I stayed once in Thira at Volcano View Hotel and loved it but it is a splurge. I also stayed close to Oia at Agnadi Villas. They were very nice and you can easily walk into Oia. There was also a bus stop across the street. There are hostels available in Thira as well.
If you have a car, use it! It is a big island. You can rent a quad (ATV) for around 40-50 euro per day. Or you can use the bus system. It is fairly uncomplicated however it can fill up quickly in the high season when coming back from Oia and won’t stop at subsequent stops. Very annoying.
I’m just going to list a few key things to do in Santorini. You can easily cover all these activities in 3 days.
Visit iconic Oia. The town doesn’t have much to do, just cute cafes and shops and gorgeous views for dayzzzz. I was there the end of August and went very early to walk around and get photos without the masses in them. I went at 7 am and by 10 am it was packed. This is a good time to grab breakfast and then maybe hike down to the relatively uncrowded beach called Ammoudi Bay. This is a great spot to swim although not really a beach. Take the path down from Oia to the Ammoudi port then turn left and walk along the water’s edge for 5 minutes. There’s a small island that you can swim out to that has fab views.
If you want to see the famous Oia sunset, get your spot early. I suggest Kastro restaurant. You need a reservation. It is in a perfect location. Other spots that have great sunset views in Oia include the Venetian Castle or you can walk sort of to the “end” and there is a huge windmill with a little bar. I recommend sitting there OR get a spot on the wall behind the windmill for gorgeous windmill shots!
Yeah, OK Santorini. Your stupid sunsets are pretty damn sweet. Do you all understand how many people were packed like sardines in those cute little alleys, pushing and shoving to get a postcard sunset pic? Of course I wanted no part in that and managed to find my own little spots💛🌅. Do you have any secret sunset watching spots in touristy places you want to share with moi???
The further “in” you walk, the longer it will take you to walk out because of the bottleneck of people jammed into tiny alleys. I didn’t love this part. I actually became quite hostile. I recommend getting away from the hot spot early and facing the other direction from where the sun actually went down. The opposite direction usually gets the pink and purple colors. After the sunset is when the sky really becomes impressive if you ask me. This photo taken when you first enter Oia. Nobody is here!
You can hike from Fira to Oia. It is 10 km (6.2 miles) and takes 2-4 hours.
Red Beach is stunning to see with red cliffs surrounding it, but isn’t the best beach to sunbathe on. Better to gawk at, take photos and then visit nearby Akrotiri.
Perissa and Perivolas. These are essentially one long black sand beach that is sort of the party beach.
Some call this the Pompeii of Santorini. It was once covered from a volcanic eruption. Very cool place to see!
This place is a great way to chill, enjoy views and not be annoyed by tons of people. You can get here an hour before sunset and claim a table. Order a big ass cheese place and do a wine tasting. Be prepared for some generous pour.
I recommend the tables all the way to the north part of the deck, facing the northern tip of the caldera.
You can taste 12 wines for 25 euro or something like that. Whatever the price is….its 5 euro less for 6 wines. This is a no-brainer folks!
Here is a great guide to sunset in Santorini written by a photographer!
Stay near the town if you like walking to restaurants and shops. I stayed in a place called Kouros that has incredible views! You can take buses to get to the beach areas.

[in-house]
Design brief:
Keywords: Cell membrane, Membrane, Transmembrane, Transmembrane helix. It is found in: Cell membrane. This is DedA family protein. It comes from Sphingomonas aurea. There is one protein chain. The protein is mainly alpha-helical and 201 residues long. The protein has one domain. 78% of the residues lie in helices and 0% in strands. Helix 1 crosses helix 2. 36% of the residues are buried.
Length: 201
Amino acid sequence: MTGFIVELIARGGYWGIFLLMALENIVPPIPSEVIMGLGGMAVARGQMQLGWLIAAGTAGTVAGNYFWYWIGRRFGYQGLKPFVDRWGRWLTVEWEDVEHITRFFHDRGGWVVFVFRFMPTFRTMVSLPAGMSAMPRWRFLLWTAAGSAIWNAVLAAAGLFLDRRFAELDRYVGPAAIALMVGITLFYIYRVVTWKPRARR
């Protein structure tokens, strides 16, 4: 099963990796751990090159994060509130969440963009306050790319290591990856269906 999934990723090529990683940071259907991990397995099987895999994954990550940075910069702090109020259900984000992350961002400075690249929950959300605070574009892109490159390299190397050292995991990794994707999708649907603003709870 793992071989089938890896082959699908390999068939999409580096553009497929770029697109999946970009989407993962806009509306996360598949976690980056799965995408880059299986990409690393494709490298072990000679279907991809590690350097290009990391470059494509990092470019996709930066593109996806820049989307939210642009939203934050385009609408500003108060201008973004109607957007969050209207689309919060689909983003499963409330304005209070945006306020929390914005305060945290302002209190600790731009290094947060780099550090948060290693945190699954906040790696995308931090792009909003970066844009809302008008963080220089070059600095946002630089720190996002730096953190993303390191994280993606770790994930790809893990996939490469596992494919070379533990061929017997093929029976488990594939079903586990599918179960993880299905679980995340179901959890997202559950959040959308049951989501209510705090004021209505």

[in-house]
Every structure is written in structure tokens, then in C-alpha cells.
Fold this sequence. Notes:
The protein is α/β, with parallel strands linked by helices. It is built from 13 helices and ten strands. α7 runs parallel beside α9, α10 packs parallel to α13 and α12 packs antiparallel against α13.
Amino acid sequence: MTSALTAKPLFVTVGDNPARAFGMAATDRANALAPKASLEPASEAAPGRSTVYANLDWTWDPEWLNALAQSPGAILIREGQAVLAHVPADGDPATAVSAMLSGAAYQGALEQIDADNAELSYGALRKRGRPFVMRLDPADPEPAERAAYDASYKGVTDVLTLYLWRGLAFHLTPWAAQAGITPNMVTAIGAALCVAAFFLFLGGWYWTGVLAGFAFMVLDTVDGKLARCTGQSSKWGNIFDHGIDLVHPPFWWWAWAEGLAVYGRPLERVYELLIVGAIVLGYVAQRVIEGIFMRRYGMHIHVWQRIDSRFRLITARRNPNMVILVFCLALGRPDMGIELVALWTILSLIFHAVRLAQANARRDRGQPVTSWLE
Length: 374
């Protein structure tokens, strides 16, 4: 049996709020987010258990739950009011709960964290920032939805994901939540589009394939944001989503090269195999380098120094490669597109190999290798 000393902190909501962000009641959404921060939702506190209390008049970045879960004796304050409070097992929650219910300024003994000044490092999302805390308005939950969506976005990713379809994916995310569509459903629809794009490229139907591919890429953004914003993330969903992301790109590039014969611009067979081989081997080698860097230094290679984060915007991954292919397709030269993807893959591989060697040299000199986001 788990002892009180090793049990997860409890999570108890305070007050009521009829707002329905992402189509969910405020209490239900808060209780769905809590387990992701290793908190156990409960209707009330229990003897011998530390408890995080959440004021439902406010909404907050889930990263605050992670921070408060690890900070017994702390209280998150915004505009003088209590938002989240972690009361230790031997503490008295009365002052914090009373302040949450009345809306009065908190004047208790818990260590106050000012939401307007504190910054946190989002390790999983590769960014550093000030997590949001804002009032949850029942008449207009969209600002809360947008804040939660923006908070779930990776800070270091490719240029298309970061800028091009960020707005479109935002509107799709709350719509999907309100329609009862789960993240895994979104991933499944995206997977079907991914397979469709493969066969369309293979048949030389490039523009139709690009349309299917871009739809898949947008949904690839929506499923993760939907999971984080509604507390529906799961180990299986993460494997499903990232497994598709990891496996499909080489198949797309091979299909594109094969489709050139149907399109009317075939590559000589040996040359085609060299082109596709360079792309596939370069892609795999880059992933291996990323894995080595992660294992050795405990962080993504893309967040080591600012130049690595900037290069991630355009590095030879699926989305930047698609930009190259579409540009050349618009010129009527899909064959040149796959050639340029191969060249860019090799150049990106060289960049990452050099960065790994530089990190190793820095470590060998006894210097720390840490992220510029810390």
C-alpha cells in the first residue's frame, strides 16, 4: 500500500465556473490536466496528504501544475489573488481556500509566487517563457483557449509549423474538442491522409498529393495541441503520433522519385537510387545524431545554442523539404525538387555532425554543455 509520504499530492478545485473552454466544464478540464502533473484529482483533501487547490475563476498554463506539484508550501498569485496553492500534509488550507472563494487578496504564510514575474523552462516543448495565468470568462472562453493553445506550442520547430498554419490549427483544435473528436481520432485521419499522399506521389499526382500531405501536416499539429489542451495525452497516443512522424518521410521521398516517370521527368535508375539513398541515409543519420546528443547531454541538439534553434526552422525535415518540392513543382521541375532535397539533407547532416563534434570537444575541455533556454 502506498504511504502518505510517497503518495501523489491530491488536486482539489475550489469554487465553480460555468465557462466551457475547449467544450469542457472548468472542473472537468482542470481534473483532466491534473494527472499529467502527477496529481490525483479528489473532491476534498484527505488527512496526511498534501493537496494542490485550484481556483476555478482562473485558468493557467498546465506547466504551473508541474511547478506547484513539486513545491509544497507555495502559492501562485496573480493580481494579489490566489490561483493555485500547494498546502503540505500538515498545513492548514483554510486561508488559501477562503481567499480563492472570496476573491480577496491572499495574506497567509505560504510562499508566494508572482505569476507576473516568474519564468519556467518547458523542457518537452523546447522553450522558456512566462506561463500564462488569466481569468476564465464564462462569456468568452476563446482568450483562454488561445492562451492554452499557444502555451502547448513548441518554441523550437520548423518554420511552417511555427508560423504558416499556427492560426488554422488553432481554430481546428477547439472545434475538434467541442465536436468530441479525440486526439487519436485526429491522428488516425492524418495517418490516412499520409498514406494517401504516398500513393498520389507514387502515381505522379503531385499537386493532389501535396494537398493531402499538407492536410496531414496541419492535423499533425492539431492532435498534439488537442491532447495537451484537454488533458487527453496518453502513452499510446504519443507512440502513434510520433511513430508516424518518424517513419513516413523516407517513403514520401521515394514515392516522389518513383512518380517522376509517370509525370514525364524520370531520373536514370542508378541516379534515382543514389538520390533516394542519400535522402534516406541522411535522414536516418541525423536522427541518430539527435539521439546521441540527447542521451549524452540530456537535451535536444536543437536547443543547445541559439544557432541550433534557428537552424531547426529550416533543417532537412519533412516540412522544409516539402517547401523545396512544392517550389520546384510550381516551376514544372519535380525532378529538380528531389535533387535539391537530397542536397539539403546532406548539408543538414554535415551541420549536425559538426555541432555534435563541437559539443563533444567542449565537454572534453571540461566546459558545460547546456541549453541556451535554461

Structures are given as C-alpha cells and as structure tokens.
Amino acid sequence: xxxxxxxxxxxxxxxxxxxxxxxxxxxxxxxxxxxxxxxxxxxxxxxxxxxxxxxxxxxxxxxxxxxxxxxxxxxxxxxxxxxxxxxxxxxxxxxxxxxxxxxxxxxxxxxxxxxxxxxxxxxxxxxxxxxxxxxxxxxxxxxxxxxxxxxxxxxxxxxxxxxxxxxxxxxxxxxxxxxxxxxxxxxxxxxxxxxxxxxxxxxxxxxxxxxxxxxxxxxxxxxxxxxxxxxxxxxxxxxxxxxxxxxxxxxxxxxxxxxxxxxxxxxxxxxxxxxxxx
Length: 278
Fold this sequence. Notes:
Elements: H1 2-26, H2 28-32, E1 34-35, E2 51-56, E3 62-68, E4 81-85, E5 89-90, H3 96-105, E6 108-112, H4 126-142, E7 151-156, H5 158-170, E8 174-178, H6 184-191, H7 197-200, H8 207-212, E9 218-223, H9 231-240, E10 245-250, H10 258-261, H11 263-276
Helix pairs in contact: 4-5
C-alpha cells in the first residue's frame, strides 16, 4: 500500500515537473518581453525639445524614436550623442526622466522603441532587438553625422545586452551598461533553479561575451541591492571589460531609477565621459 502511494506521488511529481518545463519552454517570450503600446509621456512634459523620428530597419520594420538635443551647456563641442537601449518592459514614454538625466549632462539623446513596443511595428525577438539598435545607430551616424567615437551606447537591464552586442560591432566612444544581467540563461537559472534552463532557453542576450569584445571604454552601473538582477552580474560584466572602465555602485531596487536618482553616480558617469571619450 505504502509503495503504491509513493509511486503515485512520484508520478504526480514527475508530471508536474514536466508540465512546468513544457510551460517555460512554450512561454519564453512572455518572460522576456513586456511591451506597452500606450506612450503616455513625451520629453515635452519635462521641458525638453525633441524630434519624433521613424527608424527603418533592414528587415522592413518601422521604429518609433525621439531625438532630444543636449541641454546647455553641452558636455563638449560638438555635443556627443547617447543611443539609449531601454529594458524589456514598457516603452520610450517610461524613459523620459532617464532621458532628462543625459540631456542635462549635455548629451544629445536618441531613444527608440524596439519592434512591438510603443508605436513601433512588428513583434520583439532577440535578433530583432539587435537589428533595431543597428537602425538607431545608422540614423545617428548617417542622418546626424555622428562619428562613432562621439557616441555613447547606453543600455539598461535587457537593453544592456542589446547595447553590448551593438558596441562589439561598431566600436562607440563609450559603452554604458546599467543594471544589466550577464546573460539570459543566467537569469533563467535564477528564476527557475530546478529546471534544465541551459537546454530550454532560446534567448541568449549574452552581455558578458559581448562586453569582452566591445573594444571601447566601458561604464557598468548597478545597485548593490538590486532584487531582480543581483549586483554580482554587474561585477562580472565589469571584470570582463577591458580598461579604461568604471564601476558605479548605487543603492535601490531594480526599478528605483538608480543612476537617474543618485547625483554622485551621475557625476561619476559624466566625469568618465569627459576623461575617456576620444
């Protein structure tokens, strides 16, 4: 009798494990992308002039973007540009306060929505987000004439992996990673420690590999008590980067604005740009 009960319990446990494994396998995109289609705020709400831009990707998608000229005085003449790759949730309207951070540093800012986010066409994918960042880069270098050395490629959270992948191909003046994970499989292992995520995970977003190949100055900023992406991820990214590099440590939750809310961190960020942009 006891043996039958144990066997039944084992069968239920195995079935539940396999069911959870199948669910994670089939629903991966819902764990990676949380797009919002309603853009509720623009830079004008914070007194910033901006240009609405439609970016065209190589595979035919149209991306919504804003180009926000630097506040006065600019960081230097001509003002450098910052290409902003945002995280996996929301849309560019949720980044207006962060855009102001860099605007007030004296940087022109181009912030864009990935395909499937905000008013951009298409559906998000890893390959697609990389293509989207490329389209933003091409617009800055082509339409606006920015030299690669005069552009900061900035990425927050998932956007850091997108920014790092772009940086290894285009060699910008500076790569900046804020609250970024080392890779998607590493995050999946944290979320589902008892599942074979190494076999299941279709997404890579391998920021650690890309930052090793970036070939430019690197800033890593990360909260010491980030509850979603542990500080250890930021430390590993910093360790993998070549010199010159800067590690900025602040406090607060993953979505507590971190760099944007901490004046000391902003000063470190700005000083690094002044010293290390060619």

Paradise Beach Area
I have never stayed in this region but I know others that have found hostels right on the beach!
Mykonos is also a big island. They have a bus system if you don’t have your own car. If you stay near Mykonos town you can walk to most places unless you want to visit beaches.
Mykonos is oozing with charm. And bougainvillea. Make sure you allow time to wander through the tiny adorable streets and get lost. You won’t really get lost. It’s too small. You will find gorgeous streets and small squares everywhere. Make sure to see the famous windmills and Little Venice.
You can take a day trip to the island of Delos, the 2nd most important archaeological site after Delphi.
In Mykonos you mostly go to the beach, lie by the pool and gawk at the view or wander around the town taking photos of blue domed churches with bright pink bougainvillea everywhere. At night you can find a vibrant party scene. Not a bad way to spend time!
Corfu is the most popular island on the Ionian side. I added this to the itinerary in case you want to see many different sides of Greece. This island looks very different than the whitewashed volcanic Aegean Islands. Some say this is THE most beautiful island in Greece. Rumor has it that Homer was imaging Corfu when he wrote the Iliad.
I recommend staying in Corfu Town. It is central with an airport and a ferry port. You can arrange tours of the island from here. Make sure to try to local kumquat liquor! Maybe not at 9 am like I did!
Definitely, spend a day exploring the island, it’s views and beaches. Take a boat trip for beautiful views from the sea and explore little caves along the way. By the way, if you want to play a fun drinking game, have a sip every time I use the word “views” in this post!
Read More: Things to do in Corfu
(fly Corfu to Athens/Athens to destination)
As always, you can find great lodging of all types here:
FYI you can take a ferry from Corfu to Albania. It is only 30 minutes.
For this itinerary just see option 1 for all the places that are repeated. I won’t go into as much detail here.
Day 1 Arrive Athens
Day 2 Athens
Day 3 Delphi
Day 4 Meteora
Day 5 Meteora
Day 6 Drive to Athens
Day 7 Choose Santorini OR Mykonos. Santorini has more natural opportunities and archaeology, wineries, etc. Mykonos has more parties and a more vibrant capital town. Mykonos town is adorable and incredibly scenic. Santorini has unreal sunsets. Doing both is expensive and touristy AF